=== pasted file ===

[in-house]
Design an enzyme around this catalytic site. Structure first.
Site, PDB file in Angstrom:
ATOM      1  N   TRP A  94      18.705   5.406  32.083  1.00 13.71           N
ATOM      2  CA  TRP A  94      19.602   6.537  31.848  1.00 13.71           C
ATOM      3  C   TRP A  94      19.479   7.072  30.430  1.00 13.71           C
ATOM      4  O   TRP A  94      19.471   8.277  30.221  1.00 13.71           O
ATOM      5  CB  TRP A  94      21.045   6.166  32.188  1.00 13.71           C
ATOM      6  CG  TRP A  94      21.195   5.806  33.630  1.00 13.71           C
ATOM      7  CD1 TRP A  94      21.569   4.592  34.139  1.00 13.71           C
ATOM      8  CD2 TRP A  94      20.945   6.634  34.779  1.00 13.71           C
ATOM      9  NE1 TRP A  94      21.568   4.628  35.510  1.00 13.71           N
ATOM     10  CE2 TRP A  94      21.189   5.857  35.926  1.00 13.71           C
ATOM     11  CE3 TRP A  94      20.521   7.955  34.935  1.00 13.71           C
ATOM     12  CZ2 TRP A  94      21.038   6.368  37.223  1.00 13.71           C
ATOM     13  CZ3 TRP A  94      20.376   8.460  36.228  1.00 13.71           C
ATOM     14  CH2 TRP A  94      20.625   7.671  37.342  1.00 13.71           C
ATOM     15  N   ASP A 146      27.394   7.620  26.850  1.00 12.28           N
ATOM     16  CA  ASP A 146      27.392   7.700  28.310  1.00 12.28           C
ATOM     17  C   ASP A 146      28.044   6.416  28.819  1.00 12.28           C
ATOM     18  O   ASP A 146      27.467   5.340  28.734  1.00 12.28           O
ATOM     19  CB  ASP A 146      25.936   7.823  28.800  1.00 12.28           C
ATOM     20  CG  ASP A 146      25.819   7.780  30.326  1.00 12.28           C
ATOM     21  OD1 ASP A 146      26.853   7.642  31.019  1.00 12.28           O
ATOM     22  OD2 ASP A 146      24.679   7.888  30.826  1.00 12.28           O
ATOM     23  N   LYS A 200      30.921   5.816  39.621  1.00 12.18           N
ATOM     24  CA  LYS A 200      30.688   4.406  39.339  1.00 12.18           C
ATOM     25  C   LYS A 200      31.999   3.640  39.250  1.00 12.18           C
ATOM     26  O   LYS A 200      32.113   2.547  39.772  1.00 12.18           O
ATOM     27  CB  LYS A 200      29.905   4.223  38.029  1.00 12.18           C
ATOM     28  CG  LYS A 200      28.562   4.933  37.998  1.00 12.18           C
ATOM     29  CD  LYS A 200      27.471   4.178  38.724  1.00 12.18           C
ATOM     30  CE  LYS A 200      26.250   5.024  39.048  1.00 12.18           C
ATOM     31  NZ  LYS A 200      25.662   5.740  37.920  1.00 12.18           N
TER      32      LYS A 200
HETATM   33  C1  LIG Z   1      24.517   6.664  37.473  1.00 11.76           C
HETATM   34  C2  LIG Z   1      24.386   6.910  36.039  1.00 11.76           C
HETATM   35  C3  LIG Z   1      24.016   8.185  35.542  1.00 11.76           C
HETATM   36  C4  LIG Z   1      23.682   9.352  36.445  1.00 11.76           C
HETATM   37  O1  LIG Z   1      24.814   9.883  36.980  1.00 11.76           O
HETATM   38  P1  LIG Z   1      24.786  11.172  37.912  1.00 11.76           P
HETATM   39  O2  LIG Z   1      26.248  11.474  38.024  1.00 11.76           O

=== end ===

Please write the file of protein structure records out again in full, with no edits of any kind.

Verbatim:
[in-house]
Design an enzyme around this catalytic site. Structure first.
Site, PDB file in Angstrom:
ATOM      1  N   TRP A  94      18.705   5.406  32.083  1.00 13.71           N
ATOM      2  CA  TRP A  94      19.602   6.537  31.848  1.00 13.71           C
ATOM      3  C   TRP A  94      19.479   7.072  30.430  1.00 13.71           C
ATOM      4  O   TRP A  94      19.471   8.277  30.221  1.00 13.71           O
ATOM      5  CB  TRP A  94      21.045   6.166  32.188  1.00 13.71           C
ATOM      6  CG  TRP A  94      21.195   5.806  33.630  1.00 13.71           C
ATOM      7  CD1 TRP A  94      21.569   4.592  34.139  1.00 13.71           C
ATOM      8  CD2 TRP A  94      20.945   6.634  34.779  1.00 13.71           C
ATOM      9  NE1 TRP A  94      21.568   4.628  35.510  1.00 13.71           N
ATOM     10  CE2 TRP A  94      21.189   5.857  35.926  1.00 13.71           C
ATOM     11  CE3 TRP A  94      20.521   7.955  34.935  1.00 13.71           C
ATOM     12  CZ2 TRP A  94      21.038   6.368  37.223  1.00 13.71           C
ATOM     13  CZ3 TRP A  94      20.376   8.460  36.228  1.00 13.71           C
ATOM     14  CH2 TRP A  94      20.625   7.671  37.342  1.00 13.71           C
ATOM     15  N   ASP A 146      27.394   7.620  26.850  1.00 12.28           N
ATOM     16  CA  ASP A 146      27.392   7.700  28.310  1.00 12.28           C
ATOM     17  C   ASP A 146      28.044   6.416  28.819  1.00 12.28           C
ATOM     18  O   ASP A 146      27.467   5.340  28.734  1.00 12.28           O
ATOM     19  CB  ASP A 146      25.936   7.823  28.800  1.00 12.28           C
ATOM     20  CG  ASP A 146      25.819   7.780  30.326  1.00 12.28           C
ATOM     21  OD1 ASP A 146      26.853   7.642  31.019  1.00 12.28           O
ATOM     22  OD2 ASP A 146      24.679   7.888  30.826  1.00 12.28           O
ATOM     23  N   LYS A 200      30.921   5.816  39.621  1.00 12.18           N
ATOM     24  CA  LYS A 200      30.688   4.406  39.339  1.00 12.18           C
ATOM     25  C   LYS A 200      31.999   3.640  39.250  1.00 12.18           C
ATOM     26  O   LYS A 200      32.113   2.547  39.772  1.00 12.18           O
ATOM     27  CB  LYS A 200      29.905   4.223  38.029  1.00 12.18           C
ATOM     28  CG  LYS A 200      28.562   4.933  37.998  1.00 12.18           C
ATOM     29  CD  LYS A 200      27.471   4.178  38.724  1.00 12.18           C
ATOM     30  CE  LYS A 200      26.250   5.024  39.048  1.00 12.18           C
ATOM     31  NZ  LYS A 200      25.662   5.740  37.920  1.00 12.18           N
TER      32      LYS A 200
HETATM   33  C1  LIG Z   1      24.517   6.664  37.473  1.00 11.76           C
HETATM   34  C2  LIG Z   1      24.386   6.910  36.039  1.00 11.76           C
HETATM   35  C3  LIG Z   1      24.016   8.185  35.542  1.00 11.76           C
HETATM   36  C4  LIG Z   1      23.682   9.352  36.445  1.00 11.76           C
HETATM   37  O1  LIG Z   1      24.814   9.883  36.980  1.00 11.76           O
HETATM   38  P1  LIG Z   1      24.786  11.172  37.912  1.00 11.76           P
HETATM   39  O2  LIG Z   1      26.248  11.474  38.024  1.00 11.76           O